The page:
The UK is now no longer part of the EU with Brexit now in full effect. As an independent the UK now no longer are a part of the Customs Union or the Single Market. Thankfully the UK Government secured an ‘agreement in principle’ to avoid a hard Brexit; which includes a trade deal with the EU. The previous News Post went into detail about the changes into customs and supply now that there are two wholly separate markets.
What has been the impact of Brexit so far?
Firstly we can confidently state that the costs of Brexit are minimal. Whilst we are still appraising the entire market we can suggest that since the beginning of the year there has been next to no changes in costs to both supplier and consumer. However companies and businesses’ alike are still coming to terms with their new controls and checks so the realistic costs will need to be continuously monitored. A particular focus would be on the requirements for suppliers, such regulations and restrictions; these will in the near future undoubtedly have an impact on everyday costs.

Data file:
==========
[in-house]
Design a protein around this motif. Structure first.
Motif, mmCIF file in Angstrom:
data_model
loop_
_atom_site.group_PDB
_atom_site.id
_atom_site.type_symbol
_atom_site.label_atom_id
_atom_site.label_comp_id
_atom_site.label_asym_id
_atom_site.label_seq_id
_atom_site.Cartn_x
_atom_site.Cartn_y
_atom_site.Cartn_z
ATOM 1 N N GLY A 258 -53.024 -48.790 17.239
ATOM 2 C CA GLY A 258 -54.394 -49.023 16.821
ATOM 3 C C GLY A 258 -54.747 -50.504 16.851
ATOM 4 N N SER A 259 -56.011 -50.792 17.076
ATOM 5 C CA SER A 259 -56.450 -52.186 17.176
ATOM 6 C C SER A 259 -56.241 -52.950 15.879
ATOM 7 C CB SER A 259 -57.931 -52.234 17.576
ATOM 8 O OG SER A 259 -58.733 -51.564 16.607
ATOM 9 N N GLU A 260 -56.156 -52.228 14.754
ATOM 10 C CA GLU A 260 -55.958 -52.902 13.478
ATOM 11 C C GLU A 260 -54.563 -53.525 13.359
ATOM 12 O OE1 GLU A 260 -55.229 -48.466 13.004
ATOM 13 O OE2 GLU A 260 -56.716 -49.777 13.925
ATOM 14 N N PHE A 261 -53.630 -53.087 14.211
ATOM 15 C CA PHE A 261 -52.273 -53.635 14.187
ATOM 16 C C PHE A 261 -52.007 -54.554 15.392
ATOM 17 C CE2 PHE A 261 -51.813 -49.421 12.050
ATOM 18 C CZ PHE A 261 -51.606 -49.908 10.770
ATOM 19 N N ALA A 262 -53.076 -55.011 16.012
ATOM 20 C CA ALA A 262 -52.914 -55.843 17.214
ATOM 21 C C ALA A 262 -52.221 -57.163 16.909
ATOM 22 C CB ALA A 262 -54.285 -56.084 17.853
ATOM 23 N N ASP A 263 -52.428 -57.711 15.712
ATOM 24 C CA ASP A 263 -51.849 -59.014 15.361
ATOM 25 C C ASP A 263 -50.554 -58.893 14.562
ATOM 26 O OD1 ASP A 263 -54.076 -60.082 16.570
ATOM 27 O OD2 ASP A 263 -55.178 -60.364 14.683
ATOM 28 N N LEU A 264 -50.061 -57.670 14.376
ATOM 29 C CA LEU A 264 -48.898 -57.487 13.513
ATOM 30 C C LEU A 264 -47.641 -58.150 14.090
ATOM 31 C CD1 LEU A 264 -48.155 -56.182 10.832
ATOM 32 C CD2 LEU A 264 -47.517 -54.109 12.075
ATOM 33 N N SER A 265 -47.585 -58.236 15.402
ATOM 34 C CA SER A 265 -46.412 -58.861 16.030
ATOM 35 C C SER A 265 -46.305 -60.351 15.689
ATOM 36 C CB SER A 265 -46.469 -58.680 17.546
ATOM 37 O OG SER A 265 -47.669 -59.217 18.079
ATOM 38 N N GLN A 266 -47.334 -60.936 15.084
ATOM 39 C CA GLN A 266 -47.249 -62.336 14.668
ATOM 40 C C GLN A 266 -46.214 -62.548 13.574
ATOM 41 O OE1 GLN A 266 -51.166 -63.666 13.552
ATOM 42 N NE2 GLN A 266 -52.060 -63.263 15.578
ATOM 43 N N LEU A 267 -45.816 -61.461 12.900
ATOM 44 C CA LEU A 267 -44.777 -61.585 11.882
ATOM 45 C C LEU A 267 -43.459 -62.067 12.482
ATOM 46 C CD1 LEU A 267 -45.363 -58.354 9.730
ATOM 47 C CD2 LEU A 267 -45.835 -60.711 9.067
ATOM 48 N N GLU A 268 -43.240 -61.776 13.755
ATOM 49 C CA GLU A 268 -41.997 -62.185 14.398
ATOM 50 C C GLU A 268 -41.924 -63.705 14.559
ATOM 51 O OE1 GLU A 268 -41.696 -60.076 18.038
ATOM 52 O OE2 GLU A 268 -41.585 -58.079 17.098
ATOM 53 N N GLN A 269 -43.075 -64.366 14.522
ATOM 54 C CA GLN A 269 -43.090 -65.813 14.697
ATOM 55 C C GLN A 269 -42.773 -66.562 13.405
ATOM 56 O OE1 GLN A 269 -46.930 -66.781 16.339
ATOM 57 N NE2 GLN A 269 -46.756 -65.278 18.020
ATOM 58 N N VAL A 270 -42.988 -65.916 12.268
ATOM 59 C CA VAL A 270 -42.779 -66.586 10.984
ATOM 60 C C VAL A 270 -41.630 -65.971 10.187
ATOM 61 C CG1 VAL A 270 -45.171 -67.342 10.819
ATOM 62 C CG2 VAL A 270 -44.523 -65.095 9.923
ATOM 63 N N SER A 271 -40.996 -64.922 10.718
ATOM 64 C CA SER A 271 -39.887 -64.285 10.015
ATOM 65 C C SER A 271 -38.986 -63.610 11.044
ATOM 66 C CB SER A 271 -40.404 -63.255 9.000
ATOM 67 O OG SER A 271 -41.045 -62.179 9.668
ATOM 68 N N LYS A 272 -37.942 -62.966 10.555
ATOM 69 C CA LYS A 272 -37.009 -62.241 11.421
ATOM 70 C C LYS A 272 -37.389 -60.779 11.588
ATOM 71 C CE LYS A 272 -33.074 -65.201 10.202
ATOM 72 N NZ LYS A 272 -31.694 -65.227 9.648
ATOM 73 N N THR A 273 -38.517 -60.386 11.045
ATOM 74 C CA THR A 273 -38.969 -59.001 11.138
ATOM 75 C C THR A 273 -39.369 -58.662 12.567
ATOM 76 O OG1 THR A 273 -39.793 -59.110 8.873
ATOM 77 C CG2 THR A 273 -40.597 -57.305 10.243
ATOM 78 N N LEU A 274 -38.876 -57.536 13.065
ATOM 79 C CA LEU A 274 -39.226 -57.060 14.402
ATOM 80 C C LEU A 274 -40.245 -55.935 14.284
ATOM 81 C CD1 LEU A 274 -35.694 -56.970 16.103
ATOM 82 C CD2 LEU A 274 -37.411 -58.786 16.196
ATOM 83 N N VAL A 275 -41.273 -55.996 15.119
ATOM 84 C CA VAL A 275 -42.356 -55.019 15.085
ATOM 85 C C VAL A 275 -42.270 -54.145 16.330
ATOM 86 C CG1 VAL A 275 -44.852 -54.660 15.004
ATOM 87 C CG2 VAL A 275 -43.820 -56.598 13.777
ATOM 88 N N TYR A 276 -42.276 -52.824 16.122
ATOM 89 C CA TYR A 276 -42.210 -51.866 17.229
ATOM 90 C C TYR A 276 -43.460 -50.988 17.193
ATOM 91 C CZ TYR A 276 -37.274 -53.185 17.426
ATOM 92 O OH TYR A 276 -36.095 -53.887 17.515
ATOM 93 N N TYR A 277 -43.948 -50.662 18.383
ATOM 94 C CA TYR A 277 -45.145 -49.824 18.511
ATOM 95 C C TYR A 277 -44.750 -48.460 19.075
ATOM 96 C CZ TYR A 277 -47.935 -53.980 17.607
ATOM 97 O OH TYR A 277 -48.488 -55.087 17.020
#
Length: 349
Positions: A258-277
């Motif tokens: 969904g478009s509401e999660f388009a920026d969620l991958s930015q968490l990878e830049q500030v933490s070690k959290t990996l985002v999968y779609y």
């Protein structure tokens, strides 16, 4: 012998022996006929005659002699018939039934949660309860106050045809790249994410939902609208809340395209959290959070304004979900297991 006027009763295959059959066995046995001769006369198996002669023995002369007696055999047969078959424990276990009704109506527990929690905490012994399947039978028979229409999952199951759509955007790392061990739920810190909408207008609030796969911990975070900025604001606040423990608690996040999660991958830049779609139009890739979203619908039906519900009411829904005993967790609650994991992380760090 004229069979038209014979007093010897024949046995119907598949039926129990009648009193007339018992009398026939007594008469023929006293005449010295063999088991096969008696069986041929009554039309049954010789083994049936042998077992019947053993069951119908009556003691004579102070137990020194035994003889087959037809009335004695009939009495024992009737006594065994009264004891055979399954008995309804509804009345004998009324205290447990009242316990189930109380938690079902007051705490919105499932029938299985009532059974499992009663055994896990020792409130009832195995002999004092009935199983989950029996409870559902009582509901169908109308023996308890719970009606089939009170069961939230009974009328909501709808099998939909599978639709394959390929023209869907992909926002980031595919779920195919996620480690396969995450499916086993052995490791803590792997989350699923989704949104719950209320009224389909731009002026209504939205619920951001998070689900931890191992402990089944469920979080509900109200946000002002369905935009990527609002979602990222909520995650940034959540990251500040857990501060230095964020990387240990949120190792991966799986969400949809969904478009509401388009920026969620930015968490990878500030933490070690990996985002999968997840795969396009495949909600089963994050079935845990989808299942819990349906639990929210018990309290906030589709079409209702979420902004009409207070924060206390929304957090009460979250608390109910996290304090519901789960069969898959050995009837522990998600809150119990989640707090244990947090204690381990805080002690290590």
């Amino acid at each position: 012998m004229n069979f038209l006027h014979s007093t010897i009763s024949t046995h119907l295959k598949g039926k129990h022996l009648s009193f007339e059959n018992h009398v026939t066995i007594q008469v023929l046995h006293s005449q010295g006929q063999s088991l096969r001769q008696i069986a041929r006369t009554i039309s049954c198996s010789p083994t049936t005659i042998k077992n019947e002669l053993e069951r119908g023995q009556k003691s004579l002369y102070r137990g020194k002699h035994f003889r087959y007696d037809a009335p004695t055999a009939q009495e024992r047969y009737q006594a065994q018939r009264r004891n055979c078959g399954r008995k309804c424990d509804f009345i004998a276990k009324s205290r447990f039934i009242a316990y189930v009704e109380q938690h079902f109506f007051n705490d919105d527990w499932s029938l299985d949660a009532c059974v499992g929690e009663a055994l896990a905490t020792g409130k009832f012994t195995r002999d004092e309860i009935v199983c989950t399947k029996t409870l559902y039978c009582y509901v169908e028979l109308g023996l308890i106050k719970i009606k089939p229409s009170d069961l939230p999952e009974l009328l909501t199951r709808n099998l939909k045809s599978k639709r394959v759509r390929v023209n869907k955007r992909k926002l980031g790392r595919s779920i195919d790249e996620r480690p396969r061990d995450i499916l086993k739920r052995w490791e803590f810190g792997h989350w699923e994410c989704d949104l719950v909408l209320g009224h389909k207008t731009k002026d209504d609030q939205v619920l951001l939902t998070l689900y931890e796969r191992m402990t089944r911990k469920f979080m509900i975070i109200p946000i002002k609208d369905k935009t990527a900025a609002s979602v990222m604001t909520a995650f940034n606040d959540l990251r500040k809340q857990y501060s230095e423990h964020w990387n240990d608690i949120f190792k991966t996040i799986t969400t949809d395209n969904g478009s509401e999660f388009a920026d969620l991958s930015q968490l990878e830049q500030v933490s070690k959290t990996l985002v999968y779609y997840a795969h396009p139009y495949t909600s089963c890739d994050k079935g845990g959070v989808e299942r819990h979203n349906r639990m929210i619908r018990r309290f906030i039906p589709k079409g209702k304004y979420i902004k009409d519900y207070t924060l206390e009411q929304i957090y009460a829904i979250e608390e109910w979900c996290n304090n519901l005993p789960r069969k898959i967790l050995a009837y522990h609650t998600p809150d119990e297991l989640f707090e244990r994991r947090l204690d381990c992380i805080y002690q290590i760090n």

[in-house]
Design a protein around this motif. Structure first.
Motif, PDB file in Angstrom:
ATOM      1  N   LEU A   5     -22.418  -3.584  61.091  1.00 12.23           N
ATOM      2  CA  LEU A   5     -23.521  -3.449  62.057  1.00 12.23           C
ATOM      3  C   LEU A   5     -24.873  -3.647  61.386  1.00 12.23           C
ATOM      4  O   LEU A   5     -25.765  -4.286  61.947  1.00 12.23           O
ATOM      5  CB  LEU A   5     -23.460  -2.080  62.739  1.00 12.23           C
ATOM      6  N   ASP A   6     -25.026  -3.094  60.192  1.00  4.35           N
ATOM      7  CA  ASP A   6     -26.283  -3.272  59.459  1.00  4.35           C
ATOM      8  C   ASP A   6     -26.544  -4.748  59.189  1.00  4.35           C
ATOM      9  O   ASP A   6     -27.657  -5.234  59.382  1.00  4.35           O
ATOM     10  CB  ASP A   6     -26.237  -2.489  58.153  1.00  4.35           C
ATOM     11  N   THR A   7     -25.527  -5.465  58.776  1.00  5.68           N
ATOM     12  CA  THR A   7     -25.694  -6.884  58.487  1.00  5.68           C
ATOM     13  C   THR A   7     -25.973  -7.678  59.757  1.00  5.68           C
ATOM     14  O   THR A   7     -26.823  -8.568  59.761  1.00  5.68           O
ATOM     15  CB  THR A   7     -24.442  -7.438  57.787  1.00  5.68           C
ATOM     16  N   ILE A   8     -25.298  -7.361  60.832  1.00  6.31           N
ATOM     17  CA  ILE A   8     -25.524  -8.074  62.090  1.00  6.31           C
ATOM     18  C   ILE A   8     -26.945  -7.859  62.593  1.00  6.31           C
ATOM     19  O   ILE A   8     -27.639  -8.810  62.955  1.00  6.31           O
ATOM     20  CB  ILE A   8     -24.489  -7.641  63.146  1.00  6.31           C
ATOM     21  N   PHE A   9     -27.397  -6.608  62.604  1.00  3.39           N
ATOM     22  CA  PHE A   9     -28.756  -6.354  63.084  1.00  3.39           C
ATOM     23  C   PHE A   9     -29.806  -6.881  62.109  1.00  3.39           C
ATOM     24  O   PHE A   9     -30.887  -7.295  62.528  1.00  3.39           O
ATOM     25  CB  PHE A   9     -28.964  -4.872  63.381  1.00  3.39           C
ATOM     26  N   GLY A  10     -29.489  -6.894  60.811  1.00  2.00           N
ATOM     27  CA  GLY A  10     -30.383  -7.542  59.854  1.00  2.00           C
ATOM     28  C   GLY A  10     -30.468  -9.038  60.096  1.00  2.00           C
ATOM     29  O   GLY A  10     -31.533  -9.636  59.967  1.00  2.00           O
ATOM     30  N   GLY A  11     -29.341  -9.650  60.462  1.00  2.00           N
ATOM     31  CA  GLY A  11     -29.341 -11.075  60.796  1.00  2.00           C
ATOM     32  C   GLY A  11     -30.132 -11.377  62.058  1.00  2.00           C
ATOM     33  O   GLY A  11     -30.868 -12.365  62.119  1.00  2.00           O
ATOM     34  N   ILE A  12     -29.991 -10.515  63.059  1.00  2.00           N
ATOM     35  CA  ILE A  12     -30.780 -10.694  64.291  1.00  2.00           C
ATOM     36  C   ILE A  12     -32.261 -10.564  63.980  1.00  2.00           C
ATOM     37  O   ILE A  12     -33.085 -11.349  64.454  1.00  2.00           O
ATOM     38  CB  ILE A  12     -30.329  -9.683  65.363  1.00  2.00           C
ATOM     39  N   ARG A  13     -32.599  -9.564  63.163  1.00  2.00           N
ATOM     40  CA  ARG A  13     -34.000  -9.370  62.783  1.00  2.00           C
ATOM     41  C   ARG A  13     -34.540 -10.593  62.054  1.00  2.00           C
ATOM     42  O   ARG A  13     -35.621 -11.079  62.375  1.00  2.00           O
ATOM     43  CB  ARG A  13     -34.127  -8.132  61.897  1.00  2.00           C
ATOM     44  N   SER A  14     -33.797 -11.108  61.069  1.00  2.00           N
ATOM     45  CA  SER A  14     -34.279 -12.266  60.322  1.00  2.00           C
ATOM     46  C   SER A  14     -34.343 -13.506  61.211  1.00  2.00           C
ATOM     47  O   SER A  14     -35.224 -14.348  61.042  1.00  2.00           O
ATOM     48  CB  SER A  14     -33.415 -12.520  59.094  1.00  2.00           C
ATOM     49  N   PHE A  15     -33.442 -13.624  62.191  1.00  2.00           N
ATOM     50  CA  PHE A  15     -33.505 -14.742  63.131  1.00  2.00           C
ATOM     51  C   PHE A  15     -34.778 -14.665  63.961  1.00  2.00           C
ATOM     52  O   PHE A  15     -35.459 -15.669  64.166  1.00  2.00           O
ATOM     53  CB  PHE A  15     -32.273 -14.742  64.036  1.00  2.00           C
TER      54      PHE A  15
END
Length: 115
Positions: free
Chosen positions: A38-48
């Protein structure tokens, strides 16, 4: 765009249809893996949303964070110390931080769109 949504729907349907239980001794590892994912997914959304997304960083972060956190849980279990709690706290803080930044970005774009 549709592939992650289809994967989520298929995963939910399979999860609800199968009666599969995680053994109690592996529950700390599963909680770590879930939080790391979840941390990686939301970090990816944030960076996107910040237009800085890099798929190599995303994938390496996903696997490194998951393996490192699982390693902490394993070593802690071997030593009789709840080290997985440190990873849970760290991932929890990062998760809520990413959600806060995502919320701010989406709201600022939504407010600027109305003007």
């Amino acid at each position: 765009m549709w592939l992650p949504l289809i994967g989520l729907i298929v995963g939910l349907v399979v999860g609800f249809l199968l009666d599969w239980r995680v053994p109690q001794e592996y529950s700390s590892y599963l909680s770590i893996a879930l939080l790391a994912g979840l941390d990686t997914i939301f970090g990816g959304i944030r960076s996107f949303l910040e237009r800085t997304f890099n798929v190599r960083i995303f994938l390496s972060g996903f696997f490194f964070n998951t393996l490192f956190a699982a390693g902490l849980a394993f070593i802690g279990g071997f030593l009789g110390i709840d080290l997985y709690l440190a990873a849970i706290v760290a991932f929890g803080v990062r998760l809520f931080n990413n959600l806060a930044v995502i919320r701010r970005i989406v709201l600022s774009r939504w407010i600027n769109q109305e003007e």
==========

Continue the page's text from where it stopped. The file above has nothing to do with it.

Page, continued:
Secondly the UK losing its access to the EU’s free trade deals has its own impact. Before Brexit, the UK was automatically part of any trade deal the EU reached with other countries. When the UK left, the EU had about 40 trade deals covering more than 70 countries.
In fact, the Government has been making great strides in negotiating individually with these countries, and so far has agreed to continue trading in the same way with 60 of them. This leaves a gap of 10 countries, including Canada and Mexico, (where negotiations are due to start shortly) as well as Albania, Algeria, Bosnia and Herzegovina, Ghana, Montenegro, and Serbia. For these countries the Government has for the moment put in place the UK global tariff, and trade with other World Trade Organisation (WTO) members is taking place on WTO terms, or under the UK’s Generalised Scheme of Preferences (for developing countries).
Finally we are focusing on the availability of products. Thankfully since the beginning of the New Year there has been next to no impact on imported products. This is partly due to the decrease in demand as a result of nationwide lockdown. Should this change Bidfood have had contingency plans to minimize overall impact on everyday business.
Throughout the year we will continue to monitor and inform our customers of any major updates; all of this information is taken and adapted from Bidfoods January Brexit update.